Australia is the driest inhabited continent on Earth and has some of its most highly variable rainfall and runoff. Successfully managing our waters and catchments is critical for human flourishing, agricultural productivity, environmental sustainability, regional development, successful industry, reconciliation with Aboriginal and Torres Strait Islander Peoples and adapting to a changing climate. It is a challenge which will determine Australia’s future prosperity and the survival of many iconic Australian ecosystems.
The unfinished business of water reform
More than 35 years of extensive and expensive (over $13 billion in the Murray–Darling Basin alone) policy reform effort has delivered only qualified successes. While productivity of water use has increased and water has been recovered for the environment, much remains to be done.
Australia continues to struggle with the good decision-making and the long-term collective action required for effective water and catchment management. Without effective approaches to decision-making, water allocation decisions risk becoming mired in zero-sum competitions for what is likely to be a diminishing resource in some parts of Australia.
Polarisation and stagnation
The water policy space is riven by deep division and polarisation, loaded with weaponised data and rife with duelling certitudes. Water policy processes are often characterised by rancorous debates that overlook the considerable hydrological, ecological, cultural, economic, historical, political and social complexities of catchment and water management in Australia.
Recent La Niña conditions have provided some reprieve from these debates, with mean storages across much of the country near capacity, and Murray–Darling flows into South Australia setting recent records. While this provides ‘breathing space’, a return to El Niño conditions looks increasingly likely. Furthermore, the evidence of very large reductions in water ‘yield’ in southern catchments is inescapable – by some estimates, 50% in the Murray–Darling Basin over the first two decades of this century, and even more in southwest WesternAustralia over a longer period. Under a changing climate, projections are for further reductions – alongside increased variability. This underscores the enormity, difficulty and urgency of further, more-robust, water policy reform.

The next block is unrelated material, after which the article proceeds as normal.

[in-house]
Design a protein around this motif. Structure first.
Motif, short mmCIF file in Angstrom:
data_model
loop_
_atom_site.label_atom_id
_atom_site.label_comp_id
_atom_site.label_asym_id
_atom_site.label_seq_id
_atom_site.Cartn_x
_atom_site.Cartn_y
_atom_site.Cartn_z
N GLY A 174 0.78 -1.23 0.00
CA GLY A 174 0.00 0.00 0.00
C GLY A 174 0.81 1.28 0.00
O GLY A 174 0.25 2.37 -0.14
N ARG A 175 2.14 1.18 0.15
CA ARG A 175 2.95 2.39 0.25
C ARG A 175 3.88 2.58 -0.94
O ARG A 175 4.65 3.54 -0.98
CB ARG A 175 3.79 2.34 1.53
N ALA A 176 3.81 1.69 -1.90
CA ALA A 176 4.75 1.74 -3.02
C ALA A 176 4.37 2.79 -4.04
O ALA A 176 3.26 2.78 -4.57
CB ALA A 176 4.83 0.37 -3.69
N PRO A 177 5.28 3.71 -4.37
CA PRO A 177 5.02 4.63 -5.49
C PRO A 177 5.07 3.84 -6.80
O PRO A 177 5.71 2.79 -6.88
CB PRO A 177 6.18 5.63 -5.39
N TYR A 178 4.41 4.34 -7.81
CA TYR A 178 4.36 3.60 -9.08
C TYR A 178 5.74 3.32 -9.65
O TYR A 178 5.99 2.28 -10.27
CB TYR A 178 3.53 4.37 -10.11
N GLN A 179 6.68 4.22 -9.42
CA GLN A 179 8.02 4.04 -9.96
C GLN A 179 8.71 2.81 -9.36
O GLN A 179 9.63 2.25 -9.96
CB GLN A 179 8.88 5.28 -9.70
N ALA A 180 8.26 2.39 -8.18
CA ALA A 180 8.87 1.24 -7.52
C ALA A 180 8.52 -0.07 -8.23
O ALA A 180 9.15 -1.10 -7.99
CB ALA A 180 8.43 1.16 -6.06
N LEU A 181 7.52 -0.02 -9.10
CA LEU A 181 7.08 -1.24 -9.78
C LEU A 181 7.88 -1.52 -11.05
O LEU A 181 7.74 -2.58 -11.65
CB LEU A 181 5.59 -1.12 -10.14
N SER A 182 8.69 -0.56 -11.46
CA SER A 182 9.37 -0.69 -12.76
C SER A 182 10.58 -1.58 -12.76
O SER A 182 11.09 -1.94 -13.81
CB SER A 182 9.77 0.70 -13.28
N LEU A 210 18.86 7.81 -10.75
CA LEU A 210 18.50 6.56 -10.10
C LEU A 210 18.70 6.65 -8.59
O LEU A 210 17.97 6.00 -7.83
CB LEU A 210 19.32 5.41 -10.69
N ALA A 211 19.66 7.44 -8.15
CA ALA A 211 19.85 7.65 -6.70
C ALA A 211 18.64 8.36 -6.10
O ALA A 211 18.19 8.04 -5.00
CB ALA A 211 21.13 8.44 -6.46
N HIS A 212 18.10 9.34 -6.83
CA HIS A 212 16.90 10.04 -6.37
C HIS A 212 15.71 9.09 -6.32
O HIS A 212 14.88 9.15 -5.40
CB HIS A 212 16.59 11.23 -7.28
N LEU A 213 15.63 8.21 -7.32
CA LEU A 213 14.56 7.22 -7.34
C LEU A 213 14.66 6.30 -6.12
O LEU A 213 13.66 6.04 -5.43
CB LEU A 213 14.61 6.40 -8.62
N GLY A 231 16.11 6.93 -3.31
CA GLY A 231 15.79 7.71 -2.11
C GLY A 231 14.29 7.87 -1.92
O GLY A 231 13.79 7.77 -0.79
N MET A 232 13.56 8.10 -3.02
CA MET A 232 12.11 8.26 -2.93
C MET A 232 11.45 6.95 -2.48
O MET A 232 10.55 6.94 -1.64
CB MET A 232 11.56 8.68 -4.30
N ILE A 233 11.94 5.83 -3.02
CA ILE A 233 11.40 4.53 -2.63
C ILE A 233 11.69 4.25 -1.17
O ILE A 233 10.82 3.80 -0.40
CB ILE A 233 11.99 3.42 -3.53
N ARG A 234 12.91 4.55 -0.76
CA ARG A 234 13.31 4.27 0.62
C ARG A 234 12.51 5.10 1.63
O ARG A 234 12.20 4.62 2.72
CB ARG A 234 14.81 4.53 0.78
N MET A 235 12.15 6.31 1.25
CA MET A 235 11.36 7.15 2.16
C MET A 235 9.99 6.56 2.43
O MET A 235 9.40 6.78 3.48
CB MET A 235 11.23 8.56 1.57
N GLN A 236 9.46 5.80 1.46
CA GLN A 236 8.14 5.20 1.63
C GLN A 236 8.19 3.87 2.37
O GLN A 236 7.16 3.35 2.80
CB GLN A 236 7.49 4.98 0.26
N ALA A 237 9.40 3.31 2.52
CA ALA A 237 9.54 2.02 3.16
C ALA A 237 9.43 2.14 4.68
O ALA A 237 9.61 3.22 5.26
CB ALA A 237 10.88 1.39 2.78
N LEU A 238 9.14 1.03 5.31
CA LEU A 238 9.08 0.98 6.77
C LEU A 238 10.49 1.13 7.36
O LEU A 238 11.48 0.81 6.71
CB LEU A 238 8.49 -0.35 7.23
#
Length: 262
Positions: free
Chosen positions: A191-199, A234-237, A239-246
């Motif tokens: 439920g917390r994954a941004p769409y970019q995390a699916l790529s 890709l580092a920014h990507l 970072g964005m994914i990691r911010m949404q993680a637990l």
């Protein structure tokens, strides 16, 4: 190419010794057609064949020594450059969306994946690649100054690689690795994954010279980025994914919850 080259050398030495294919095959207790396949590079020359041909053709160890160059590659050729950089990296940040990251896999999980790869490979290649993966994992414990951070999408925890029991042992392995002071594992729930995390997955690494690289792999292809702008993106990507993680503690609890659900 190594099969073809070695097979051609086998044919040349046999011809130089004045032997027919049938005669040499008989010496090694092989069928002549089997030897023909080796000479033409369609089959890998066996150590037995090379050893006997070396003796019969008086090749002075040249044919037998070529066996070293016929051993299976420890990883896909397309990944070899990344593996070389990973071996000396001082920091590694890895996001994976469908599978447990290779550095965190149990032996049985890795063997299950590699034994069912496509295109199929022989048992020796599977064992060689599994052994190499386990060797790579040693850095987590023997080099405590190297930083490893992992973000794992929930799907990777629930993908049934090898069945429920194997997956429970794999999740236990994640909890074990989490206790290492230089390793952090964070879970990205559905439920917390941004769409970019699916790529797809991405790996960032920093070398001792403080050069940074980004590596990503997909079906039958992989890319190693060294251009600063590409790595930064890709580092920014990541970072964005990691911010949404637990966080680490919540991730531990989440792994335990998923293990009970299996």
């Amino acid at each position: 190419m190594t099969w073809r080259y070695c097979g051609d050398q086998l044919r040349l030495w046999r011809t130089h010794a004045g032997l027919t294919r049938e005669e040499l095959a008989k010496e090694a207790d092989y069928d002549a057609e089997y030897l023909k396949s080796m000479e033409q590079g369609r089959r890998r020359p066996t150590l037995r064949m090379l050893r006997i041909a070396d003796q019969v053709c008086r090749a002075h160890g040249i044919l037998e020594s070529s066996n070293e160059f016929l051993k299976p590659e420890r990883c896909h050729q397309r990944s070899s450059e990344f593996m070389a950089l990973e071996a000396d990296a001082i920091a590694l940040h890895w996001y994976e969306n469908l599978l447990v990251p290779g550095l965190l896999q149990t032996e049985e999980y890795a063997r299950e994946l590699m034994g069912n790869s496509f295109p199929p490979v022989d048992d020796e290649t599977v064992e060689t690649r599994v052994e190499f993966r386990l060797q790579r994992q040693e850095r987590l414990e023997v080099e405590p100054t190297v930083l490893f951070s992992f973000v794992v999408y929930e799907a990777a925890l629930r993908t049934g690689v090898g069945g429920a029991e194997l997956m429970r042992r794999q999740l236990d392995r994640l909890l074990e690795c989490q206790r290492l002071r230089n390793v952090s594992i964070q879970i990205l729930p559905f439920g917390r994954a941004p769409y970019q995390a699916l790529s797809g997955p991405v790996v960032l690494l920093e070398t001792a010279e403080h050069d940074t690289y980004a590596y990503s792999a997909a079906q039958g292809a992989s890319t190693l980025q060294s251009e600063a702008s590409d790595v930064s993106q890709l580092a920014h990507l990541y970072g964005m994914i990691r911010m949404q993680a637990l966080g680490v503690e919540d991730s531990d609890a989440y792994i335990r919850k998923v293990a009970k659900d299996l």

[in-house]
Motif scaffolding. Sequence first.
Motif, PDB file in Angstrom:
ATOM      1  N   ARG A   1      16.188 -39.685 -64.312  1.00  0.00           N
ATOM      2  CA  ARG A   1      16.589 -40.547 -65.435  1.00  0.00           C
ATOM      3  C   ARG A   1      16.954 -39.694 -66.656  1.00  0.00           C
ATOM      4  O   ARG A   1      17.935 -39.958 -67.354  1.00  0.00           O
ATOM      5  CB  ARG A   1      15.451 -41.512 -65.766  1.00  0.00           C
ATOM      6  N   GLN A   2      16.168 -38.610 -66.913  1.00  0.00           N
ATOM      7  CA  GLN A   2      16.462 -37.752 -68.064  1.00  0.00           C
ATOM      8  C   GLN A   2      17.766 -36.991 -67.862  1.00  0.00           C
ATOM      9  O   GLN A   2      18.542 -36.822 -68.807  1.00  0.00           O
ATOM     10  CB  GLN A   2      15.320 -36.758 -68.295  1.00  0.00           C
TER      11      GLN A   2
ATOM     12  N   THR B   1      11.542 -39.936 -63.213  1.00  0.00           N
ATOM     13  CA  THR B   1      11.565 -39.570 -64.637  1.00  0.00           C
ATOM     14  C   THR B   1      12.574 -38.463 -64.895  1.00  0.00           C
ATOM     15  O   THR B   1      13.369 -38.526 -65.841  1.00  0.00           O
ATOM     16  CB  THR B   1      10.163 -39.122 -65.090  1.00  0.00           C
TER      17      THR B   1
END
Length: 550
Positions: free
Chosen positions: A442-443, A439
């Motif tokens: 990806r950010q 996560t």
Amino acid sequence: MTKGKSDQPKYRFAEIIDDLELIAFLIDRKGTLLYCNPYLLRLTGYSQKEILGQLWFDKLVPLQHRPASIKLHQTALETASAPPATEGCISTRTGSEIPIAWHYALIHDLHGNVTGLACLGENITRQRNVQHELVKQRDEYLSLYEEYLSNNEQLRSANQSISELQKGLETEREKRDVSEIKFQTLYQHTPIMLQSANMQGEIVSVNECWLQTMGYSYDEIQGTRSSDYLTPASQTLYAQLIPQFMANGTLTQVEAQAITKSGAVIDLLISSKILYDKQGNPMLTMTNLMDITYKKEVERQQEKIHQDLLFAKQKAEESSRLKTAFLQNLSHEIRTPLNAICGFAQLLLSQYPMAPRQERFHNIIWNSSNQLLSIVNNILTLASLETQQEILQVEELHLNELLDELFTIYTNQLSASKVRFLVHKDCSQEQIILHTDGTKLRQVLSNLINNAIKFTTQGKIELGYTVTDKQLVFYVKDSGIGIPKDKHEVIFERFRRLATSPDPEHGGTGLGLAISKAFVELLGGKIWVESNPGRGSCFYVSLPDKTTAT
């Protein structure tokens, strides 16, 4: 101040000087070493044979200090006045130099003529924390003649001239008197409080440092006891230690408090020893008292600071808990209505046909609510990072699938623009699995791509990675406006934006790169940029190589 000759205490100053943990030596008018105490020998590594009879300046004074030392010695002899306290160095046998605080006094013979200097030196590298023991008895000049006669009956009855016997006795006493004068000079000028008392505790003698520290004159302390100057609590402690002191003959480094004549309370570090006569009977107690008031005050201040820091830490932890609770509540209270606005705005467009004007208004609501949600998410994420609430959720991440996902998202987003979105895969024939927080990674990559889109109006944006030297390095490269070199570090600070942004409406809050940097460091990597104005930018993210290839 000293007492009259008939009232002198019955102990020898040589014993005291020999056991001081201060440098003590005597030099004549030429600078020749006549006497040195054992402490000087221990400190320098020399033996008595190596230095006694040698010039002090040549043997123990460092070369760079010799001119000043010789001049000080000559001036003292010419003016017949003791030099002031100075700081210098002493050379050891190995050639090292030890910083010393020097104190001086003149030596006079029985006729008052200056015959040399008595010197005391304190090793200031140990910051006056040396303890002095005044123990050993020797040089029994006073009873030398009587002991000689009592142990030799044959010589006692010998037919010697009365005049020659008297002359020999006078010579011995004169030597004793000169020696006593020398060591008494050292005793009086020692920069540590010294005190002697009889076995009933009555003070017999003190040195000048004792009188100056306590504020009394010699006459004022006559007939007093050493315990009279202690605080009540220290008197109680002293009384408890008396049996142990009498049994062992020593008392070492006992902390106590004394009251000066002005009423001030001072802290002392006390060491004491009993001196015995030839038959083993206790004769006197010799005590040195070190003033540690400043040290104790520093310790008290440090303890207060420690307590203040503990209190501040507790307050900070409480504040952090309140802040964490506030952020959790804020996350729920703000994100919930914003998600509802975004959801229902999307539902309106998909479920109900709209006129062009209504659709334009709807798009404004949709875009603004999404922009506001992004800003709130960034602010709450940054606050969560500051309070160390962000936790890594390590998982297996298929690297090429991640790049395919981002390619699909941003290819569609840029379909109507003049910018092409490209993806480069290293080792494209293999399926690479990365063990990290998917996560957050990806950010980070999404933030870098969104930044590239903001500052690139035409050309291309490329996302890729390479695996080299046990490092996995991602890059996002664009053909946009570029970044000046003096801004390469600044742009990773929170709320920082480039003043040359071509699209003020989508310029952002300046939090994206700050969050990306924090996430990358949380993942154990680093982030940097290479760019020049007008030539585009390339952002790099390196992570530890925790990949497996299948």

Building bridges and breaking deadlocks
Among the myriad of challenges we face in managing Australia’s waters and catchments, one of the most important will be our ability to deal effectively with the tensions among water interests and make the trade-offs required for wise, long-term policy choices. Water policy making must find ways to overcome increasingly divisive partisan politics, interest group pressure and misinformation.
Enduring policy requires deep expertise, extensive community and stakeholder engagement and deliberative methods capable of working across entrenched values. Too often those with knowledge (scientific, Indigenous, sectoral or local) have little power in decision-making and those with power do not have the knowledge required to make good, integrated and enduring decisions. The gap between knowledge and power needs to be bridged to overcome divisive politics, pressure from special interest groups and misinformation and engage successfully with communities and stakeholders who feel excluded from decision-making processes.
A new approach
To meet the water and catchment management challenges of the 21st century, Australia needs a renewed focus on how we make decisions and better ways to bring all interests to the table to work together effectively. We need new approaches to engage experts, stakeholders, policymakers, politicians and communities to help make the difficult trade-offs and compromises required for enduring water policy.
Restoring faith in the institutions needed to manage our waters and catchments requires policy-making innovation that better engages all stakeholders and available evidence. More inclusive approaches to decision-making across the policy cycle – from issue identification to implementation – will be essential for finding enduring policy solutions.
Dr Nicholas Austin FTSE
CEO, Watertrust Australia
Dr Nick Austin is a hydrologist by training, bridging agriculture and engineering in the critical area of water. From his earliest appointments in water policy reform, Nick has shown an exceptional ability to build partnerships between government, businesses and society for the common good.
In 2021, Nick became the inaugural CEO of Watertrust Australia, an independent policy centre helping improve how water and catchment policy decisions are made in Australia.
He is recognised internationally and domestically for delivering innovative solutions to complex technological and political challenges. He has worked to improve the lives of smallholder farming families, having led the agricultural development program of the Bill and Melinda Gates Foundation and, nationally, as CEO of the Australian Centre for International Agricultural Research.